Of course while all of these external and peripheral details of the film would mean nothing if Disney could not deliver from a storytelling standpoint and fortunately this movie finds the company at its very best storytelling form. And any conversation of just how great a piece of storytelling Sleeping Beauty is has to begin with Maleficent, animated by the legendary Marc Davis (who also was the chief animator for another iconic villain Cruella De Vil).
Disney has a rich tradition of creating memorable villains who turn out to be more interesting than the heroes, and Maleficent is the greatest example of that. From the moment she arrives she commands every scene she appears in. But unlike other Disney villains, she does this not by her flamboyant presence or over-the-top villainy but rather with a performance of pinpoint precision and power. Every movement she makes is deliberate and calculating, every facial expression is dripping with menace. She uses her words like a lethal weapon and demands your attention. Maleficent is a significant character because she is the first animated character whose performance mimics human subtlety – a person where the mere hint of her presence evokes terror.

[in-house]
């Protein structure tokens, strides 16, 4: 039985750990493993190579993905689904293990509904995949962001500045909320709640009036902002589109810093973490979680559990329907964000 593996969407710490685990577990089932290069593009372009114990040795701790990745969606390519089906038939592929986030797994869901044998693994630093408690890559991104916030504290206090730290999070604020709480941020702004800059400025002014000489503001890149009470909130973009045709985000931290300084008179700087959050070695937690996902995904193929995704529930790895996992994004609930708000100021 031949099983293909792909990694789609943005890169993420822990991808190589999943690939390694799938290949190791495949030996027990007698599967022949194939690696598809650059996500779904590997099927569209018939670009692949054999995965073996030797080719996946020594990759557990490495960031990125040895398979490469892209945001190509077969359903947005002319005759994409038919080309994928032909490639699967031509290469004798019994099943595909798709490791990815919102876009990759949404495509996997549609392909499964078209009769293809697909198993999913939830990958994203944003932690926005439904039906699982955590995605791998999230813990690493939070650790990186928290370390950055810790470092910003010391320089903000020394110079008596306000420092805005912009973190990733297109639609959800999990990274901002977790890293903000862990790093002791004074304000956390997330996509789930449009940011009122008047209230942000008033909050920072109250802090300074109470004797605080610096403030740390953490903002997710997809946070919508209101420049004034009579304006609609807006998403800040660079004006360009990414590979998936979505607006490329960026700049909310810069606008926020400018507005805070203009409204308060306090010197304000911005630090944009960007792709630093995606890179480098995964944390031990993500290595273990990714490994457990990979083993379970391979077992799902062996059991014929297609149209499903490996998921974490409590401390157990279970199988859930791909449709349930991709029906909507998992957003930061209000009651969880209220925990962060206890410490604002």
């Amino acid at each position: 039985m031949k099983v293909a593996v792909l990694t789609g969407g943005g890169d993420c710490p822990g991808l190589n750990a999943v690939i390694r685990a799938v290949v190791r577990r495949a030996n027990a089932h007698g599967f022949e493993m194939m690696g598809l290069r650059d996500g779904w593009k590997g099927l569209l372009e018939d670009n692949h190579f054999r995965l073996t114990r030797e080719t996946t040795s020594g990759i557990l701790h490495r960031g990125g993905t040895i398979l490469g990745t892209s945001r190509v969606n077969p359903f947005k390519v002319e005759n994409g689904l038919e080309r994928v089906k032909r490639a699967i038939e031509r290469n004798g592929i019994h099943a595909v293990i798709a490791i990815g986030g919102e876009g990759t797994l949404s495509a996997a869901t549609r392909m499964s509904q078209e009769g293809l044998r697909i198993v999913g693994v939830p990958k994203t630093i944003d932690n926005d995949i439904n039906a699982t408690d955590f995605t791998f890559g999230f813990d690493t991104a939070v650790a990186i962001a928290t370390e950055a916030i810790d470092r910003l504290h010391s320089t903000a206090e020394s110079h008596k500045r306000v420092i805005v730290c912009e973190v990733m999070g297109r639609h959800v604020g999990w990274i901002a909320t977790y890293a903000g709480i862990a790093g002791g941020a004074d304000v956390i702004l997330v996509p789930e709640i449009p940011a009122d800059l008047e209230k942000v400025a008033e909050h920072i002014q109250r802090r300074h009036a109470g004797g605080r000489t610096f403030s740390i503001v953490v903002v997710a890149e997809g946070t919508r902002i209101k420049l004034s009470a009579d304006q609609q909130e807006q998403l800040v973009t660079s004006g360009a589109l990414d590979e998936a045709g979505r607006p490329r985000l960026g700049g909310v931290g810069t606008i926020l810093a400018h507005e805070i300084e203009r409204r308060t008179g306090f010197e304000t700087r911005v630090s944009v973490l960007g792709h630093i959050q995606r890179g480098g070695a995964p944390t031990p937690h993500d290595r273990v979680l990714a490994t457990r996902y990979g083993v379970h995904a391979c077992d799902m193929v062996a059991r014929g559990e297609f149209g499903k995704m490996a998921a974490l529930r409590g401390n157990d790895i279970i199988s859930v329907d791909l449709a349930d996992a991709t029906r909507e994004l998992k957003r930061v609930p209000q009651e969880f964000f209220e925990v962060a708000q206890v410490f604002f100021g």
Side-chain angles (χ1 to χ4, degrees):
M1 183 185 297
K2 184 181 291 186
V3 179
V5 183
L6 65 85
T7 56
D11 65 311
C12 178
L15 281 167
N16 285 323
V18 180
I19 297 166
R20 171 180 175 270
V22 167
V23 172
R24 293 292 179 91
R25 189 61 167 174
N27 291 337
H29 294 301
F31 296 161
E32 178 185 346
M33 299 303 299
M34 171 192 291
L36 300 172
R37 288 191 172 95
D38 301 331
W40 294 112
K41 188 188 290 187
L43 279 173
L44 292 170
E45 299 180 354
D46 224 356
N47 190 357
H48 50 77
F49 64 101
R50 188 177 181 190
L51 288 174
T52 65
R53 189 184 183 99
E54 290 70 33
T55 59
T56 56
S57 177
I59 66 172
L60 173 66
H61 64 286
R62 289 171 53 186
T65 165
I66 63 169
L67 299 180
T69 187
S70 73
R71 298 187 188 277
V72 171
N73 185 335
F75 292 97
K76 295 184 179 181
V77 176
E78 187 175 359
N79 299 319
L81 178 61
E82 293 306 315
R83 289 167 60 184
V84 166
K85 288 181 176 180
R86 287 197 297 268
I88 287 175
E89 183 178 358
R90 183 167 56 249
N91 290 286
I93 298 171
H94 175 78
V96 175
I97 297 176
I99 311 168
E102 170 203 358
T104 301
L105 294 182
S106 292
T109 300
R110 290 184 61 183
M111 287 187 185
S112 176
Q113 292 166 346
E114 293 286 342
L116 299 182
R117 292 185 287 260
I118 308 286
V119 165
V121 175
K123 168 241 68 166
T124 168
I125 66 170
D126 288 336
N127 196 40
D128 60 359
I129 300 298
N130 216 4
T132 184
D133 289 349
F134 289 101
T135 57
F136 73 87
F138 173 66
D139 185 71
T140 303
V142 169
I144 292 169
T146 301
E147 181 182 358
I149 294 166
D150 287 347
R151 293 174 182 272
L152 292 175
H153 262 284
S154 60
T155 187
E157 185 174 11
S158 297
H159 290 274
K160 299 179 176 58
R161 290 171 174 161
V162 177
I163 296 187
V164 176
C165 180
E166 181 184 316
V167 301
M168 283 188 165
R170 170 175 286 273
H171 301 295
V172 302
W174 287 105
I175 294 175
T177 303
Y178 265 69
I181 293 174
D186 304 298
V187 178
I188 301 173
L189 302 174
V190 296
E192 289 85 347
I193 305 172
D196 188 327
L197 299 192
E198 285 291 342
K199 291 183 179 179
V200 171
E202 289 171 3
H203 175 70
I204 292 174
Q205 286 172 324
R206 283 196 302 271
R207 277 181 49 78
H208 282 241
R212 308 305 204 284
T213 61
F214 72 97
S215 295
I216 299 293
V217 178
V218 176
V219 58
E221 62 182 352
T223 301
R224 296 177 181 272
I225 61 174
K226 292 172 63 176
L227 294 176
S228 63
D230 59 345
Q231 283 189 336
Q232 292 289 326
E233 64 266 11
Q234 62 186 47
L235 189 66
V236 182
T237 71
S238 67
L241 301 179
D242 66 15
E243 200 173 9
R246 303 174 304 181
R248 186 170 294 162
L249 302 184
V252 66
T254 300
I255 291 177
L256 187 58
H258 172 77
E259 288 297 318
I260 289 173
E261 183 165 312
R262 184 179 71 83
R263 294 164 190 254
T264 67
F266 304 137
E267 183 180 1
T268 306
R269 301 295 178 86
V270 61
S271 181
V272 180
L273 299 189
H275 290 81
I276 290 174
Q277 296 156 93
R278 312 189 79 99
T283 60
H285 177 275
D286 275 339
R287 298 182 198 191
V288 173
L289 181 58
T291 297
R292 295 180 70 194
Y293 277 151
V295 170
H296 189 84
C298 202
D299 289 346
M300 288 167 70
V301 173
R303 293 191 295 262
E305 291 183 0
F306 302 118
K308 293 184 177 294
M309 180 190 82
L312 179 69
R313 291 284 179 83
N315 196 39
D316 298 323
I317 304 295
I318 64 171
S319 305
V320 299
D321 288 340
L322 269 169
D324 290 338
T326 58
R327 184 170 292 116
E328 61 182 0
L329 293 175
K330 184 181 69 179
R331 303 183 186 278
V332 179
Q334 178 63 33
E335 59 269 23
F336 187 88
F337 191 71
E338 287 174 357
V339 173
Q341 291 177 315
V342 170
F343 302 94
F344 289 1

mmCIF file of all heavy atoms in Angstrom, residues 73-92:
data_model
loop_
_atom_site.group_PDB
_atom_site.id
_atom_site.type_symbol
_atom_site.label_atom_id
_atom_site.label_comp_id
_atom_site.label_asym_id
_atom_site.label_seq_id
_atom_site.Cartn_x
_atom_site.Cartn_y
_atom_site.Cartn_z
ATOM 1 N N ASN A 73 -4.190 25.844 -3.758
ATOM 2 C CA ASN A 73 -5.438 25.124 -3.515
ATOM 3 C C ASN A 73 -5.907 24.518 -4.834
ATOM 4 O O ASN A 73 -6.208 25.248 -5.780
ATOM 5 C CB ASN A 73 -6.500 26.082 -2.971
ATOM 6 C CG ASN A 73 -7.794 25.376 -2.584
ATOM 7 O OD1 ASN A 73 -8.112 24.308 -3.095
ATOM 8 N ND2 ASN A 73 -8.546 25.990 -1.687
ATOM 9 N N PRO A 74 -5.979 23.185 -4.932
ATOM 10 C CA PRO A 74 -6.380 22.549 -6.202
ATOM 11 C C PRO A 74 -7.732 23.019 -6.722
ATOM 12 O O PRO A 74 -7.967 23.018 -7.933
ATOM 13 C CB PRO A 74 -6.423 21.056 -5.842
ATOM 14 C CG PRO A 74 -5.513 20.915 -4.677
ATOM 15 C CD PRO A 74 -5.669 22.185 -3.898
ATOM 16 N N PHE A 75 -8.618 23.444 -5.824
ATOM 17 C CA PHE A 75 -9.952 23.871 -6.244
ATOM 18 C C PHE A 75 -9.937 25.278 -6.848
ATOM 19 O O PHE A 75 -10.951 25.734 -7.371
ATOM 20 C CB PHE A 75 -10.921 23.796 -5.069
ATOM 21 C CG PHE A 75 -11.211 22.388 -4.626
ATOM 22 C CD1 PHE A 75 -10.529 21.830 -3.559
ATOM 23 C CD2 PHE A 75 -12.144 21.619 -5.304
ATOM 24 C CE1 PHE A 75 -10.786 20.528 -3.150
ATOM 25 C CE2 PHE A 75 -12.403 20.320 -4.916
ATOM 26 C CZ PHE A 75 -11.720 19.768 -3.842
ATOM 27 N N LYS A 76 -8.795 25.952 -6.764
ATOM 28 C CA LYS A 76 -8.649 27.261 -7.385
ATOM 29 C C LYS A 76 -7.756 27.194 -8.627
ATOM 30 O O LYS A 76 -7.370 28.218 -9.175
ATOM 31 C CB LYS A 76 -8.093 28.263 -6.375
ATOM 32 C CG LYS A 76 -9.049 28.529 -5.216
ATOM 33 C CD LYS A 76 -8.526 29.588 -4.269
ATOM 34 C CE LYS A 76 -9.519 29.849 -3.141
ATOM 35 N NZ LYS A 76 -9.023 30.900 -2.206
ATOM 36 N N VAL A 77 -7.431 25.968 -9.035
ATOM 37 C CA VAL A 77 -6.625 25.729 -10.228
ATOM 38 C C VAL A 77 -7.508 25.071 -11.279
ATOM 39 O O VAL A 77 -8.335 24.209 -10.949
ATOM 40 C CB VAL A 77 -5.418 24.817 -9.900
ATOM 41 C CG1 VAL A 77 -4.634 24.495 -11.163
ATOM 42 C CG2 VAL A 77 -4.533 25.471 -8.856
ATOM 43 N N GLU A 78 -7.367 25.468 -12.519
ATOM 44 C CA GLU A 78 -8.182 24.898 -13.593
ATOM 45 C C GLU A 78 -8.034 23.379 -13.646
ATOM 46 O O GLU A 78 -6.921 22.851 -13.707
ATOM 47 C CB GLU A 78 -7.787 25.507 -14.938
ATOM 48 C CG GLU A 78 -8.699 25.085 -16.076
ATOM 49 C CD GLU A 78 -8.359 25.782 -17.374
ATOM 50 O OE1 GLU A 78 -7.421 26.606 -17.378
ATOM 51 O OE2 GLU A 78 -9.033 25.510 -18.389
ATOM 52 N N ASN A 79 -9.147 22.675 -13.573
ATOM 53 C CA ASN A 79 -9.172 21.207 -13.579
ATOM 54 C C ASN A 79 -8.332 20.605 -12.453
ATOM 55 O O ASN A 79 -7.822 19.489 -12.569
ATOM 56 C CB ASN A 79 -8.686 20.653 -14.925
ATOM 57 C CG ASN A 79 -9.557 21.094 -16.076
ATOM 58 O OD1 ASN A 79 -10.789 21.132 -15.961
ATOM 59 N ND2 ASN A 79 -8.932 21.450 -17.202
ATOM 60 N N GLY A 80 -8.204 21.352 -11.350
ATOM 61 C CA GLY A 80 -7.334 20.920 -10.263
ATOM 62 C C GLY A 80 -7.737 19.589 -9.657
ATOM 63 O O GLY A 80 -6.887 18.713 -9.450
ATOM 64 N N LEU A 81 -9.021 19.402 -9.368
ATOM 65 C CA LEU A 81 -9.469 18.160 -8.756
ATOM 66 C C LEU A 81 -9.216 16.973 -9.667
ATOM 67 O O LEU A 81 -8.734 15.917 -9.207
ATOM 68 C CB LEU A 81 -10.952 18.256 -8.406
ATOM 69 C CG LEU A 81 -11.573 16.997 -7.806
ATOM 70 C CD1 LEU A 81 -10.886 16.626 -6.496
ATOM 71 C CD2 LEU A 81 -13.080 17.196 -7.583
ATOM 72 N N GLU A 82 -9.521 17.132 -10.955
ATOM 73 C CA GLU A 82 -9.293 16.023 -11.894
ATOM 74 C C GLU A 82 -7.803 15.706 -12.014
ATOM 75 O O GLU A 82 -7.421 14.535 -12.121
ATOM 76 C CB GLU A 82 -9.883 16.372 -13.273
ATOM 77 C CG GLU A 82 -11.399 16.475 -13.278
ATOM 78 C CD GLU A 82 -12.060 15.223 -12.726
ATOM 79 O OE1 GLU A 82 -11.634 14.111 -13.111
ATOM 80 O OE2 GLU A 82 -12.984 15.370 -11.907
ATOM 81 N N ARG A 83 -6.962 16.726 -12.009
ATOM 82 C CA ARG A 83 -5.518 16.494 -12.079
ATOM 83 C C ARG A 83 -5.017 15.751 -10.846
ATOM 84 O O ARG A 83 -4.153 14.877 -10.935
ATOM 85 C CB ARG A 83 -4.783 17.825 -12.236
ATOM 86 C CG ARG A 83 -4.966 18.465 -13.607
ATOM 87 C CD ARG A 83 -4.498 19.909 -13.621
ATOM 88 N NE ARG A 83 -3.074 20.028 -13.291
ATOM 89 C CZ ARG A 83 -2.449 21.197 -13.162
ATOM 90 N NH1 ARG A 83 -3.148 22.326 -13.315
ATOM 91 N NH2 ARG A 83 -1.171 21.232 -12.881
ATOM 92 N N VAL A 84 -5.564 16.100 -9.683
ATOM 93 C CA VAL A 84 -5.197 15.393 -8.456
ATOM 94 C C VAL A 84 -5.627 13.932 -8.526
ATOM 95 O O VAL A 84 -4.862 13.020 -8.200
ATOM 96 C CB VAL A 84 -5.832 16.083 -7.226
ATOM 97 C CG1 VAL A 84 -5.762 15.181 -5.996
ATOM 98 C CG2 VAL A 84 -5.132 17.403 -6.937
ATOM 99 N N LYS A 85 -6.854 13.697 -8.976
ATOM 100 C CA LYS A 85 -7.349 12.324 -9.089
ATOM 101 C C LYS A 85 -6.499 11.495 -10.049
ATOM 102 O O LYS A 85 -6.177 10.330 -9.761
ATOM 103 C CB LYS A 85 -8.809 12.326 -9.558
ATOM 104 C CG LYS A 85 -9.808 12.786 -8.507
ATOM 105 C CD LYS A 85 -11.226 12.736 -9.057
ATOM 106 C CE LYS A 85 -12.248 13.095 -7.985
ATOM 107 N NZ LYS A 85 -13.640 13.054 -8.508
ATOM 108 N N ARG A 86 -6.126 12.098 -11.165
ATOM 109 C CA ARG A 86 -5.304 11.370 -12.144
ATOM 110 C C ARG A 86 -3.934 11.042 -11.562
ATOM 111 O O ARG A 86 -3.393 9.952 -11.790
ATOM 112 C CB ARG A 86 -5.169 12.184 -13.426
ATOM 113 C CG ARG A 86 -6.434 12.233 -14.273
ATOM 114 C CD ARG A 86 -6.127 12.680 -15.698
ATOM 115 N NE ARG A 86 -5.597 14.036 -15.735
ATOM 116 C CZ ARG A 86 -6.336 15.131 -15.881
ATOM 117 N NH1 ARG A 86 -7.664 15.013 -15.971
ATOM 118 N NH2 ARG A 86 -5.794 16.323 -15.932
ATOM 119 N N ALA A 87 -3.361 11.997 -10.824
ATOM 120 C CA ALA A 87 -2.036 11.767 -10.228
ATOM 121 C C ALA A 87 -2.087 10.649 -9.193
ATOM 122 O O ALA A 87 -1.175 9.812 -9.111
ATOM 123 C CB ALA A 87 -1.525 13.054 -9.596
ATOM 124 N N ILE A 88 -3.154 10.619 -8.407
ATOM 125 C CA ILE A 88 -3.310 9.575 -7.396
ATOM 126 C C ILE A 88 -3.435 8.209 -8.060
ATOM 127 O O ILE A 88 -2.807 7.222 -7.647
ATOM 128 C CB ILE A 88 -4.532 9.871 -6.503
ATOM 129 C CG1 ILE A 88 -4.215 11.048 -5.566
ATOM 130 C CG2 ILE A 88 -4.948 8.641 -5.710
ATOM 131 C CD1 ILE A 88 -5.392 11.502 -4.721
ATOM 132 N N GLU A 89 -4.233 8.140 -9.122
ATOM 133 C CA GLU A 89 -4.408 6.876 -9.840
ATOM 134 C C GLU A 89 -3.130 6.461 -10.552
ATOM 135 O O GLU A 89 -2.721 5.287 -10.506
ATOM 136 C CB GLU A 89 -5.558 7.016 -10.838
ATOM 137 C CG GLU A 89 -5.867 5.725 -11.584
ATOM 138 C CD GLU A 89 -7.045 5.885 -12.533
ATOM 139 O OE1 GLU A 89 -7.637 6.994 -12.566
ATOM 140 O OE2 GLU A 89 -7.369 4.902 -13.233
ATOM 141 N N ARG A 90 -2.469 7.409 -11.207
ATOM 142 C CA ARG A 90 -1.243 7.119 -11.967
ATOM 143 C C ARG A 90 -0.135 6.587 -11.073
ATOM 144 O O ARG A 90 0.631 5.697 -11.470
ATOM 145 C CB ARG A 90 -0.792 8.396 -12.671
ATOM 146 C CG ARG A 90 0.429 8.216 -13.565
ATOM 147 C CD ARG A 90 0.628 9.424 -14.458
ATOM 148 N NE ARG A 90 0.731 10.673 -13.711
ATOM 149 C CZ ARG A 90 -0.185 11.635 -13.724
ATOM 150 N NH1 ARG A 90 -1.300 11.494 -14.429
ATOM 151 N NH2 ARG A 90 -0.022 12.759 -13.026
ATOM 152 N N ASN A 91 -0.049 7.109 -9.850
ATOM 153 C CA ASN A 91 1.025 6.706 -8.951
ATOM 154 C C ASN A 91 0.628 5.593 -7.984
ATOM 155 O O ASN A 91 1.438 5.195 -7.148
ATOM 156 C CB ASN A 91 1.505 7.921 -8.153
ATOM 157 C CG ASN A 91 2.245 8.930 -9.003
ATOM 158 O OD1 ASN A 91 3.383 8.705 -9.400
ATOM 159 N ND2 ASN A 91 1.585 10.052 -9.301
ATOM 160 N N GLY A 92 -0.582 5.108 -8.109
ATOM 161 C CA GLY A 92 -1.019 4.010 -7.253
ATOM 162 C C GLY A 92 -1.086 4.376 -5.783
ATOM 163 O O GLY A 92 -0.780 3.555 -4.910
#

She is also a great villain because she has very clear motives. Her being spurned by the king and queen to attend Princess Aurora’s public presentation is no mere oversight, but a political act. And her retaliation is also no mere personal grudge but a political act of conquest. She is easily the most formidable Disney villain conjured up so far, and it is a testament to her charismatic power that most of the movie’s tone takes its cues from her.
Balancing out Maleficent’s inherent darkness is the good-fairy trio of Flora, Fauna, and Merriwether whose role in this film’s quality is also a tricky task that cannot be overstated. As I mentioned earlier, Sleeping Beauty is generally a dark film and is borderline too terrifying for children to watch. It is the three fairies then who are instrumental not just in lightening the mood but in being the strong, brave, and caring if slightly clueless foster parents to Princess Aurora and by extension the children watching this movie as well. Like Maleficent, they arrive on the scene fully formed but instantly likeable. Many an inferior animated fairy tale adaptation has tried to imitate the chemistry these three ladies have but failed. They are the perfect counter-balance to Maleficent as good people you genuinely want to root for.